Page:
Can Myofascial Pain Syndrome Be Cured?
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Can Myofascial Pain Syndrome Be Cured?

When you suffer from a chronic pain disorder like myofascial pain syndrome, we know it can be lonely and confusing. We’ve been there.

When there is something wrong with your body that affects your daily life – you want answers. You’re in severe, often debilitating, pain and want to know how long it will last. With chronic pain and myofascial pain syndrome, these questions often go unanswered, leaving patients feeling frustrated and desperate for a solution.

It’s frustrating, too, because you can be doing all the right things – eating well, staying hydrated, taking regular exercise, meditating, and controlling stress. Making all the right lifestyle changes, but still, the pain hammers on.

It’s like a sick joke. Except, many patients go through a dark time and battle with depression while managing chronic pain, so it’s no joke. We don’t see anything funny about chronic pain.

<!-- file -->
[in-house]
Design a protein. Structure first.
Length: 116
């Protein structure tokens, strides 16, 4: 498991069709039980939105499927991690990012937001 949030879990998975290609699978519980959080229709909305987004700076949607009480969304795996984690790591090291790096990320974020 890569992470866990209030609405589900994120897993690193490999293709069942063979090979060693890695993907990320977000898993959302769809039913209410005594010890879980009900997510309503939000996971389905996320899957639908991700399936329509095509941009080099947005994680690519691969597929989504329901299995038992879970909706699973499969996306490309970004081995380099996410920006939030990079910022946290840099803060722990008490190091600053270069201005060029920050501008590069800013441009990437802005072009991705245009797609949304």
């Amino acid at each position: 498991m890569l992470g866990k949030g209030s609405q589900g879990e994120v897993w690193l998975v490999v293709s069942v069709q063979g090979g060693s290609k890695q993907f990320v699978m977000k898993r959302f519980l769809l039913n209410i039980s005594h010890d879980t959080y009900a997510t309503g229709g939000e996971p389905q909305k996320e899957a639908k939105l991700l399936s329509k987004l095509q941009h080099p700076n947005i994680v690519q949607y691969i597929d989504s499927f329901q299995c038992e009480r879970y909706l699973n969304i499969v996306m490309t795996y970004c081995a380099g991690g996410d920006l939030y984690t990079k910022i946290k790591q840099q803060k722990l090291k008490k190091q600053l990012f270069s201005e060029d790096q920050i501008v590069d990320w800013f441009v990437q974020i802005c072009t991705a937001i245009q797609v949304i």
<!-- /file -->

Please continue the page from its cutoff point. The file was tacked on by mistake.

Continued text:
You can also become quite alienated from friends and family because socializing and sitting (or standing) for long periods is too painful. Nobody understands if they haven’t endured chronic pain themselves, either. Hence, it’s often easier to stay home alone than try and explain your desire to go home early. Balancing pain with life’s necessities – commuting, working, chores, food shopping – can take a huge toll on mental health and leave motivation levels at an all-time low.

Unlike a broken arm that your Doctor, friends, and family can see with their own eyes (without x-rays or MRI scans), myofascial pain is more problematic for our loved ones to understand and even more challenging for medical doctors to diagnose. This scenario leads to patients being dismissed, because there is no visible or diagnosable cause for the pain they report.

At Release Works of Salt Lake, we know it’s not in your head. Such a claim isn’t sales talk, either.

I suffered from chronic back pain, headaches, IT Band Syndrome, and Plantar fasciitis before training as a Myofascial Release Therapist. The pain made my life a misery until I discovered this transformational therapy. Before we met, my wife, too, endured years of severe back pain and stiffness without any diagnosable cause – and was told by a Chiropractor never to get pregnant. But after myofascial release therapy and the proper realignment of her pelvis, she was able to give birth to our three children, naturally, without medication.